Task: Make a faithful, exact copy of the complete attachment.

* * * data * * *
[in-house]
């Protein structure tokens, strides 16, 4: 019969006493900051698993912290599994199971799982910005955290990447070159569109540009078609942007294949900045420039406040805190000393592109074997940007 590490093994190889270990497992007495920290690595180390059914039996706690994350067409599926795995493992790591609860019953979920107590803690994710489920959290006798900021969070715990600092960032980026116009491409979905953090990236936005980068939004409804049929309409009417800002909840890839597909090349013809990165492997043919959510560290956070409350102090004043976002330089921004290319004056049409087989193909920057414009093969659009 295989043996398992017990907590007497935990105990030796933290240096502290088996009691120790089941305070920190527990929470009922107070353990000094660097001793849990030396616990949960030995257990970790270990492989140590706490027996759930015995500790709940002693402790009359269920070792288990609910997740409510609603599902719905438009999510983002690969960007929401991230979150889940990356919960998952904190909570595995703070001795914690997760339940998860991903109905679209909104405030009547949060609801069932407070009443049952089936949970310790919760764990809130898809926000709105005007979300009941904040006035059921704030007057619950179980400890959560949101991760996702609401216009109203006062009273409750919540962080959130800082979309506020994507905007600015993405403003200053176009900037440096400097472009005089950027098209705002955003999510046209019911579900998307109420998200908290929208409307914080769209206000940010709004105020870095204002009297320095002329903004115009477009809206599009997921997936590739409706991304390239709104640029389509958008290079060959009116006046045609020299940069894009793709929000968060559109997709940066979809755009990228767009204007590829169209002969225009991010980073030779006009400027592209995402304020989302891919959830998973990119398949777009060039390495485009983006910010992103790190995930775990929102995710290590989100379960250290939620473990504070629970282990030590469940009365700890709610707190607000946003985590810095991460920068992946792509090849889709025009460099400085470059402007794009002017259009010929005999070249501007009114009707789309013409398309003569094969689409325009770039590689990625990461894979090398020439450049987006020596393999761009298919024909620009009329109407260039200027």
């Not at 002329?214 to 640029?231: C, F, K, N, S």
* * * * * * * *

[in-house]
């Protein structure tokens, strides 16, 4: 019969006493900051698993912290599994199971799982910005955290990447070159569109540009078609942007294949900045420039406040805190000393592109074997940007 590490093994190889270990497992007495920290690595180390059914039996706690994350067409599926795995493992790591609860019953979920107590803690994710489920959290006798900021969070715990600092960032980026116009491409979905953090990236936005980068939004409804049929309409009417800002909840890839597909090349013809990165492997043919959510560290956070409350102090004043976002330089921004290319004056049409087989193909920057414009093969659009 295989043996398992017990907590007497935990105990030796933290240096502290088996009691120790089941305070920190527990929470009922107070353990000094660097001793849990030396616990949960030995257990970790270990492989140590706490027996759930015995500790709940002693402790009359269920070792288990609910997740409510609603599902719905438009999510983002690969960007929401991230979150889940990356919960998952904190909570595995703070001795914690997760339940998860991903109905679209909104405030009547949060609801069932407070009443049952089936949970310790919760764990809130898809926000709105005007979300009941904040006035059921704030007057619950179980400890959560949101991760996702609401216009109203006062009273409750919540962080959130800082979309506020994507905007600015993405403003200053176009900037440096400097472009005089950027098209705002955003999510046209019911579900998307109420998200908290929208409307914080769209206000940010709004105020870095204002009297320095002329903004115009477009809206599009997921997936590739409706991304390239709104640029389509958008290079060959009116006046045609020299940069894009793709929000968060559109997709940066979809755009990228767009204007590829169209002969225009991010980073030779006009400027592209995402304020989302891919959830998973990119398949777009060039390495485009983006910010992103790190995930775990929102995710290590989100379960250290939620473990504070629970282990030590469940009365700890709610707190607000946003985590810095991460920068992946792509090849889709025009460099400085470059402007794009002017259009010929005999070249501007009114009707789309013409398309003569094969689409325009770039590689990625990461894979090398020439450049987006020596393999761009298919024909620009009329109407260039200027």
């Not at 002329?214 to 640029?231: C, F, K, N, S």